Ask a dozen people what they call ‘comfort food’, and you’ll likely get a dozen answers. Maybe for some it’s chicken noodle soup, and for others it’s meatloaf. Or maybe it’s macaroni and cheese, like my mom used to make it, crusty on top and with lots of stringy cheddar cheese. My wife might even think of fried chicken. But for many people with an Italian heritage, nothing says comfort like a bowl of Paste e Fagioli. And I have to say I can’t argue with that one bit.
Literally, Pasta e Fagioli is Italian for pasta and beans. Every region of Italy has a different idea on how to make this simple traditional food. For some it’s a meatless dish, combining beans and pasta with some aromatic vegetables in a broth. Other versions have beef or pork in them. Some only use a little pancetta bacon. And different beans and pasta are used too, depending on the preferences of the cook or what’s available. Some versions are thick, while others are thinner with more broth. There are countless ways to combine the common denominators of pasta and beans, and it’s all good, I say! Give me a bowl of Pasta e Fagioli and some good crusty bread and I’m a happy camper.
I’ve made this dish lots of different ways, with and without meat, and with white beans, red beans, borlotto beans, or with combinations of more than one bean. All of them were comfort food to me. I love to start by simmering some meaty soup bones until the meat is tender, then adding the rest of the ingredients to the meat and broth. But I don’t always have the luxury of time, or meaty soup bones, so this version comes together in no time with ground round for meat and canned broth and beans. If you have some homemade broth on hand, by all means use it, whether its made from chicken, beef or vegetarian. And experiment with the ingredients and make it your very own comfort food!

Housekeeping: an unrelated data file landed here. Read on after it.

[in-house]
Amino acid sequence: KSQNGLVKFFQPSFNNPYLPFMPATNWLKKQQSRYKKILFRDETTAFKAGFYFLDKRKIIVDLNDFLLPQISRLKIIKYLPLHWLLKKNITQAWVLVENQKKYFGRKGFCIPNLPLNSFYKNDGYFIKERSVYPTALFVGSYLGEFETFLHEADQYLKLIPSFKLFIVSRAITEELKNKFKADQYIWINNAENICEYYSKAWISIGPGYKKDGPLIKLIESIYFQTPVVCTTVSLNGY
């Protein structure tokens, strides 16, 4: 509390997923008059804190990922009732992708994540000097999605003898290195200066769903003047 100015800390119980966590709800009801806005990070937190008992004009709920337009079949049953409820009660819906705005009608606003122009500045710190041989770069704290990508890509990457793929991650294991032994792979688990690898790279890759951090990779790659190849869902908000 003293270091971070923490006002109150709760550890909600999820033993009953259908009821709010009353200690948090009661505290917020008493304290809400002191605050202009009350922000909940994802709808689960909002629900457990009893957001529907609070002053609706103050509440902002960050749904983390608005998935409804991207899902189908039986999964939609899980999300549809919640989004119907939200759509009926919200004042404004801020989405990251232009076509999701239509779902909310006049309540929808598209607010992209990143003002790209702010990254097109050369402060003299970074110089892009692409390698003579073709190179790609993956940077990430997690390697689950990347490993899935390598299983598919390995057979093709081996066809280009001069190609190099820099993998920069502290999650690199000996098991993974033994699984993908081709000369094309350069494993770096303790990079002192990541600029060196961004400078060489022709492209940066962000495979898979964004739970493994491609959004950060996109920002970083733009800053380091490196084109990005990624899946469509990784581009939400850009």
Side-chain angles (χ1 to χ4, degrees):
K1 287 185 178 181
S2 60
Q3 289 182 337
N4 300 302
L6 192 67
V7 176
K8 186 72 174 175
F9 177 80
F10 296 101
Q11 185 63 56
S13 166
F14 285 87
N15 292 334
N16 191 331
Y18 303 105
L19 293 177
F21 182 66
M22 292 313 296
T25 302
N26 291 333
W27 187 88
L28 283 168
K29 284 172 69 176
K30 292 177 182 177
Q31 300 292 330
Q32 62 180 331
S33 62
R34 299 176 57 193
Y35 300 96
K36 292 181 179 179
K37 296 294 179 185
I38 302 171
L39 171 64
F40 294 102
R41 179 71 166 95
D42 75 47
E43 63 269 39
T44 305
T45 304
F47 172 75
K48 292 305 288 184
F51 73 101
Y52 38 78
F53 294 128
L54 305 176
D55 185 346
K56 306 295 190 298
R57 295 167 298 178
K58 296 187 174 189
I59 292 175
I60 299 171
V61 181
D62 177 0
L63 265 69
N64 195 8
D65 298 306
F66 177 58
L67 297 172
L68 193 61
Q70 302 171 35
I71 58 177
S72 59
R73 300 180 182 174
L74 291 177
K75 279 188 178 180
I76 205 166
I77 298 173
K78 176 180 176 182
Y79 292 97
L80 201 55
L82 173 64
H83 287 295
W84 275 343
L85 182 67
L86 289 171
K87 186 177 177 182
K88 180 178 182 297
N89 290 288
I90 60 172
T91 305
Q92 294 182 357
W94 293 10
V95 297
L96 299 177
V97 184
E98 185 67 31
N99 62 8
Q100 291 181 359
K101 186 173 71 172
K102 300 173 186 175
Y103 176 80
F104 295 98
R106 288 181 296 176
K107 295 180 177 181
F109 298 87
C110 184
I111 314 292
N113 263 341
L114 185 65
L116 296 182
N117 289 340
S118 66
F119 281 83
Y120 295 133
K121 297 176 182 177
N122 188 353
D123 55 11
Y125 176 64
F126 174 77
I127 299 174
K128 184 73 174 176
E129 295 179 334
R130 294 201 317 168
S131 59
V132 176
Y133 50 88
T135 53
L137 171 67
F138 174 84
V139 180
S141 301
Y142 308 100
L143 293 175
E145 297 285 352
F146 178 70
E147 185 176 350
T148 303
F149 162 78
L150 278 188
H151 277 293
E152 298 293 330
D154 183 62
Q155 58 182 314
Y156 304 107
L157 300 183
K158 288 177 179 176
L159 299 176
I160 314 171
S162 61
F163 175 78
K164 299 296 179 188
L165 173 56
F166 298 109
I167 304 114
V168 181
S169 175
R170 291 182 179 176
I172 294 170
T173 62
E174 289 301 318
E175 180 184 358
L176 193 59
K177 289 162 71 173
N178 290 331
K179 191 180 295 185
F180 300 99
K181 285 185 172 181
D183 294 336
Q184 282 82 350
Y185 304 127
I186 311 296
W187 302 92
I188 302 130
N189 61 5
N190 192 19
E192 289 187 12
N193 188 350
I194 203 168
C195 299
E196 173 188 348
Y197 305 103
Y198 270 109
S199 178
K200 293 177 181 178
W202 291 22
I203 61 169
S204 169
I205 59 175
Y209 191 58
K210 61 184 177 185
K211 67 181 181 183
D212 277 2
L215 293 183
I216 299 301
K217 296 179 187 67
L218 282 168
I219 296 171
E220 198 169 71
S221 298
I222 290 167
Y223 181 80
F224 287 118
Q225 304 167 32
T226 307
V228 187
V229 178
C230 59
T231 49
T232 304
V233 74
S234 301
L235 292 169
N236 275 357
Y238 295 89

That looks delicious…Mmmmm. I make a similar vegetarian version of a pasta and bean soup, with some roasted cubed butternut squash, and a little wilted kale too! I agree, the crusty bread is a must!
Pingback: Featured Cooking Bean: Good Mother Stallard | Our Happy Acres